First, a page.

Monday would begin the most interesting part of our adventure. We drove just over an hour through the beautiful Coconino National Forest to Grand Canyon. When we arrived, we had planned on doing an easy hike (which is why I had my Teva’s on in the photos. I would not recommend hiking Bright Angel Trail(Grand Canyon’s most difficult hike) in Teva’s. But, I am a Malech. Which means I have a healthy dose of stubborness, competition, and spontaneity in my blood, so there we were, not stopping for anything as we took Bright Angel on. A half mile in, a park ranger stopped us to let us know about an excessive heat wave warning and what we needed to do along the way so we wouldn’t overheat. Apart from trekking the Inca Trail in Peru, this was one of the toughest hikes any of us had been on. Not only were we battling the heat, but our bodies were still adjusting to the elevation. However, the views? They were 100% worth it. I am highly aware that we could have just gone to an overlook and enjoyed the views just the same, but I think hiking it made the view all the more beautiful. You appreciate it in a way that you wouldn’t have otherwise.

After enjoying a much needed lunch overlooking what looked like a mirage of a painting, we got in the car and headed to our AirBnB for the night. After getting lost in the middle of the desert, my Civic battled the difficult terrain and we all made it one piece to home for the night…a school bus.

Our friendly and very hungry neighbors

As you can see from the photo above, the bed couldn’t fit three people like advertised, so Amy (to the right) volunteered herself as tribute to sleep on the floor of the bus. In the middle of the night, she realized that such a decision was the worst idea ever. But, is volunteering as tribute ever a good idea?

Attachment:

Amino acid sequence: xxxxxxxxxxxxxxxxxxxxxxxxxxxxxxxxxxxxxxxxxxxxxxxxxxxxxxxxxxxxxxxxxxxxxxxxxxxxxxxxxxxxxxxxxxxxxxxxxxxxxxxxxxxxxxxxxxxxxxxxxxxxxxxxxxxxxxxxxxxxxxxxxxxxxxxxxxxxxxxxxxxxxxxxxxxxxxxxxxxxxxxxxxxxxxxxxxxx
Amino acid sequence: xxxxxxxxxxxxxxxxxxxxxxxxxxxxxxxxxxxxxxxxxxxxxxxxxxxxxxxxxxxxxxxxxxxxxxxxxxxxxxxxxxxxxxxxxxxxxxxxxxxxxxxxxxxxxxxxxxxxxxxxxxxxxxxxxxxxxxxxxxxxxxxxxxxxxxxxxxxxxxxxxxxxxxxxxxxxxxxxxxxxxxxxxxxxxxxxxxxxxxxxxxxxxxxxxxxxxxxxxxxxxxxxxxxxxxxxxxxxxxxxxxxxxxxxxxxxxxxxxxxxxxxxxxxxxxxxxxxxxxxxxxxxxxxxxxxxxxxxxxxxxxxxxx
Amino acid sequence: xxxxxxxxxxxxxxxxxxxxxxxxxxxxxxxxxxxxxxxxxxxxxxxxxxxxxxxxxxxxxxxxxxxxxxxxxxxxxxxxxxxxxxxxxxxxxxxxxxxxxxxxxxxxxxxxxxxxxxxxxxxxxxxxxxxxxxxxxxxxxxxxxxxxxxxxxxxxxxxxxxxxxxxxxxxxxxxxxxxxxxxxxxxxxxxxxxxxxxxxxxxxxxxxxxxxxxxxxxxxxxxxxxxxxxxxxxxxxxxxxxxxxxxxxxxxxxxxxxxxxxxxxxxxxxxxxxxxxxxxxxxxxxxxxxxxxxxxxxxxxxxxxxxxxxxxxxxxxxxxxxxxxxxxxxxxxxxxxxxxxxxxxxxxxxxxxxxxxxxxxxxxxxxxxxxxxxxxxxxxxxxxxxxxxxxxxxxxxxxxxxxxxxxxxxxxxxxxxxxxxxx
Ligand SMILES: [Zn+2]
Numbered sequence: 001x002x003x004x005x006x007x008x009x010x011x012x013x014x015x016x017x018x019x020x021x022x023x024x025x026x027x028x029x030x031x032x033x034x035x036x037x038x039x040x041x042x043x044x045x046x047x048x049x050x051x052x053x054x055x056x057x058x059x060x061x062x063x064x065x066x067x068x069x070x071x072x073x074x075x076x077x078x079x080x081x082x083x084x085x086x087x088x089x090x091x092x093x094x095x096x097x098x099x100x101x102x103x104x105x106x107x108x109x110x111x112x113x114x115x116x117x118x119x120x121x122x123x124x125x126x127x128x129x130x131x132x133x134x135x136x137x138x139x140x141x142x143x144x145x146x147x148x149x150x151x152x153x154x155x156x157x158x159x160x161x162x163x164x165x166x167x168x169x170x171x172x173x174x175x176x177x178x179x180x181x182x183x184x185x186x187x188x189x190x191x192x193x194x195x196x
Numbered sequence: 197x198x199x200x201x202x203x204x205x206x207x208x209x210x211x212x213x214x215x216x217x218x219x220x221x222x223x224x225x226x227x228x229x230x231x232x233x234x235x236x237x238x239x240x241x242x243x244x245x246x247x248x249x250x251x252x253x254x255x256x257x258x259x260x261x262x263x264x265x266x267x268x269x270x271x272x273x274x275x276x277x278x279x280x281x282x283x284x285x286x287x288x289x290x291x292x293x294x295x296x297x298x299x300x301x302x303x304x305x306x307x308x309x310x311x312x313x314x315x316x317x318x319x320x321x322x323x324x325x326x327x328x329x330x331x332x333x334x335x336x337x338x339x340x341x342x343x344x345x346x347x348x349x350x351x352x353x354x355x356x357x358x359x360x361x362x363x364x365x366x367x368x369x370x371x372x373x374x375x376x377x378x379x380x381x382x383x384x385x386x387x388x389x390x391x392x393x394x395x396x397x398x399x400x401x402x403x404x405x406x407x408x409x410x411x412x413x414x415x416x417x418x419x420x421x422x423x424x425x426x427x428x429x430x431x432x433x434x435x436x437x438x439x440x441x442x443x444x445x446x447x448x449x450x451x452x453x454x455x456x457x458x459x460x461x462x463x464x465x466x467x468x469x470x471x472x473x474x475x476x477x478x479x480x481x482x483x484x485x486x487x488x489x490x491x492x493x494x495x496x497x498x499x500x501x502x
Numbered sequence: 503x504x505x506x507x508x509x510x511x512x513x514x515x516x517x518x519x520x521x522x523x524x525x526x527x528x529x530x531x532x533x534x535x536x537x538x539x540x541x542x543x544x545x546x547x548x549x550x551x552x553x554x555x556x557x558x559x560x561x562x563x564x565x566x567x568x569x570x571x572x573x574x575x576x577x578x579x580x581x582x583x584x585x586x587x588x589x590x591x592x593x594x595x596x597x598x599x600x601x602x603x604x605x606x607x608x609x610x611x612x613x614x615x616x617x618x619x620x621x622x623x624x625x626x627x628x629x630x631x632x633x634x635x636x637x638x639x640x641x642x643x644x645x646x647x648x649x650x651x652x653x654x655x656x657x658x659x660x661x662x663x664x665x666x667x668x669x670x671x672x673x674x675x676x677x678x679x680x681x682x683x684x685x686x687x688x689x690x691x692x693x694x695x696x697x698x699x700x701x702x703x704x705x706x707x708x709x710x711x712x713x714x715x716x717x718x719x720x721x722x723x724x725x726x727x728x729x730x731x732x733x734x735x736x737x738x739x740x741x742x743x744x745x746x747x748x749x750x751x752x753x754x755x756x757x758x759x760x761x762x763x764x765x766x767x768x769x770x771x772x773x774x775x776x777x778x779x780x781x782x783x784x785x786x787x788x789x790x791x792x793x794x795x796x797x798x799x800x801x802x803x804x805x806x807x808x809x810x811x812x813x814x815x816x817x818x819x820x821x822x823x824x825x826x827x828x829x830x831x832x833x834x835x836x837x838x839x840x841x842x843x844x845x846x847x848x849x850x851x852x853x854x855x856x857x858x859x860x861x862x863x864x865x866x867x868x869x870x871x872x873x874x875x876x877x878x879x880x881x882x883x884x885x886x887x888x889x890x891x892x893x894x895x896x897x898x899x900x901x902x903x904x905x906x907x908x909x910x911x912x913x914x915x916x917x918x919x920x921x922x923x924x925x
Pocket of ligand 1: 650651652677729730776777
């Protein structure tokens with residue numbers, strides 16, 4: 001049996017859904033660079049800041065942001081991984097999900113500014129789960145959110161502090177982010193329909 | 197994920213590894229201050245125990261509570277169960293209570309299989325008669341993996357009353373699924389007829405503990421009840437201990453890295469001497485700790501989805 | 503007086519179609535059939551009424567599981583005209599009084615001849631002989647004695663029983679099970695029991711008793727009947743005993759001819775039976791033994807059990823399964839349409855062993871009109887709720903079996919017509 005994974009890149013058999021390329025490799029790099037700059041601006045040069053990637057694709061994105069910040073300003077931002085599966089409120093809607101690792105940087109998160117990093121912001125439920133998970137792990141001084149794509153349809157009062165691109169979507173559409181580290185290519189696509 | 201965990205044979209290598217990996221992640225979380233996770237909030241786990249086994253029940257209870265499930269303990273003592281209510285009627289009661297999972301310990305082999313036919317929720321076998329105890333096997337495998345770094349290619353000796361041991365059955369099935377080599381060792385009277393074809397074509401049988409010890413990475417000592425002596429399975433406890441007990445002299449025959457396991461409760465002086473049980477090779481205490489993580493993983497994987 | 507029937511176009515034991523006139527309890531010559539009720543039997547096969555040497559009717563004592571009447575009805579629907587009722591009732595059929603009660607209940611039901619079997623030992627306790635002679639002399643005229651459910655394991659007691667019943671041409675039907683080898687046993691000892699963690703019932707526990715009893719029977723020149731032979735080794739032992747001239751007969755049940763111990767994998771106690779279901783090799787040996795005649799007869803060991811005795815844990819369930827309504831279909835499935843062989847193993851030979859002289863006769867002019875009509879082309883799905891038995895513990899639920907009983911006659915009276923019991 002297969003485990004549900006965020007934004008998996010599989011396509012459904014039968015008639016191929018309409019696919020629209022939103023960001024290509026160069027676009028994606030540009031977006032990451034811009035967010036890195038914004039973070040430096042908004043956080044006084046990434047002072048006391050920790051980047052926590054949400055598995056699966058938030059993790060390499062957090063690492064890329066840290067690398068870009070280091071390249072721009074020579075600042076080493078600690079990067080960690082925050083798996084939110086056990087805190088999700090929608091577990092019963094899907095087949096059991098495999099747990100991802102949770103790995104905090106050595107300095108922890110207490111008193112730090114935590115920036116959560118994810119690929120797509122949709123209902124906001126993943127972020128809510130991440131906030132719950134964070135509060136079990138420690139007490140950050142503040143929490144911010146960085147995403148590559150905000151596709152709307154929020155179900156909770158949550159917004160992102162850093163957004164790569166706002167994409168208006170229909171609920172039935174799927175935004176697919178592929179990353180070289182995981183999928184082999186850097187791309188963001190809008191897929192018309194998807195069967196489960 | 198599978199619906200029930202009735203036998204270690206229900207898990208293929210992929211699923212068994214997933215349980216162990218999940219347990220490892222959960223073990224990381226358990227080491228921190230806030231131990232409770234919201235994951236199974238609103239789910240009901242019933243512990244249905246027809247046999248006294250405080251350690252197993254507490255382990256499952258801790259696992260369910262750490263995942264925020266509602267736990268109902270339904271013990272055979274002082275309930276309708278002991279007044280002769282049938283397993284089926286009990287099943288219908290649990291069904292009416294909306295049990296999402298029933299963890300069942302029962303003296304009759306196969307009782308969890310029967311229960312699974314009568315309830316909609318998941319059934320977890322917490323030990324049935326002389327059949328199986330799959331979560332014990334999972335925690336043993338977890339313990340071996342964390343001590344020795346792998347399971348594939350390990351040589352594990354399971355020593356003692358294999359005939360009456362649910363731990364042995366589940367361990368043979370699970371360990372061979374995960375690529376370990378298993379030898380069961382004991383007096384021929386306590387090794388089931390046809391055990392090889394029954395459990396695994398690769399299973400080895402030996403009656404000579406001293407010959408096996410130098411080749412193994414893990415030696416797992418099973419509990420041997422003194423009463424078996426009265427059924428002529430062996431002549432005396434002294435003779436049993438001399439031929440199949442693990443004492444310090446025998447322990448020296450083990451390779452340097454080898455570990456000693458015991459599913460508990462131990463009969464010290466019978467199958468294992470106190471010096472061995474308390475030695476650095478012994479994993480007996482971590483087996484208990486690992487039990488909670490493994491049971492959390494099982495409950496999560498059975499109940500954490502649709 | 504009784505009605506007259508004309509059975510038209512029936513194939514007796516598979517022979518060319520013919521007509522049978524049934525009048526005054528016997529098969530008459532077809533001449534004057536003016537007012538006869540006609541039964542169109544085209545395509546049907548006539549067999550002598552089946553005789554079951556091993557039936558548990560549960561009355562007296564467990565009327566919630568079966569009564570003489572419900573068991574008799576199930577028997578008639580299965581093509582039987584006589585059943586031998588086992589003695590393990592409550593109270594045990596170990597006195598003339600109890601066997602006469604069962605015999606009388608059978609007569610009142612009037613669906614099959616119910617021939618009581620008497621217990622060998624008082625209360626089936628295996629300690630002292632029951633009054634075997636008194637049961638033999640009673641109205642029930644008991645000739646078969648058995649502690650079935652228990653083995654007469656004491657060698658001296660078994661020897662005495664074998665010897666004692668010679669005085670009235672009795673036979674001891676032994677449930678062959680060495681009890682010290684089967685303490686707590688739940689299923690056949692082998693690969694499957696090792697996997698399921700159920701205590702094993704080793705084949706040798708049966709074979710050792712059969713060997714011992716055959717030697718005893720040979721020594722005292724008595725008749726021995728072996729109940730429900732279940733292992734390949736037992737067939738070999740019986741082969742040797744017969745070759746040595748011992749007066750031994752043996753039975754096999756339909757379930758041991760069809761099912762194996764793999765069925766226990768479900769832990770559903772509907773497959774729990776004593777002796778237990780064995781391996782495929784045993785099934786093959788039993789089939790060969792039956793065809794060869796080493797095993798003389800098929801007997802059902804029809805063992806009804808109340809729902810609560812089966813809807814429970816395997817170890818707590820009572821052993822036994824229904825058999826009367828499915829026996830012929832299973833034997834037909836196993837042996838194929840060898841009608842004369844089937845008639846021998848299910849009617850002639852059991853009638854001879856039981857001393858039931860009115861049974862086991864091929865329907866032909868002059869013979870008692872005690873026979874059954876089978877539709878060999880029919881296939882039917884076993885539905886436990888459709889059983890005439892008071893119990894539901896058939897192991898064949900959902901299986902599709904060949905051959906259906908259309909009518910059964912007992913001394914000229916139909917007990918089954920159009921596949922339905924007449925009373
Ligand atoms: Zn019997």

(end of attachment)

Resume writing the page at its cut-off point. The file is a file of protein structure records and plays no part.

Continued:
After a not so great night of sleep, due to violent winds knocking the bus around all night, we hit the road, Jack.

Overlooking Horseshoe Bend

The best part about doing a road trip is that there is so much to see between Destination Point A and B. Horseshoe Bend was definitely worth the stop. I don’t need to say anything else. Just take a look at these next photos.

As we smiled and enjoyed the views, little did we realize what was ahead. If we did, I think we would have never left these rocks. When we got back into the car, I received a notification from our AirBnB host letting us know that an arctic freeze was coming in from Canada that night. Mind you, we just came from an excessive heat wave. I am seriously so amazed(and grateful) that none of us got sick on this trip. Despite the forecast, there was still optimism in our step as we crossed over into Utah.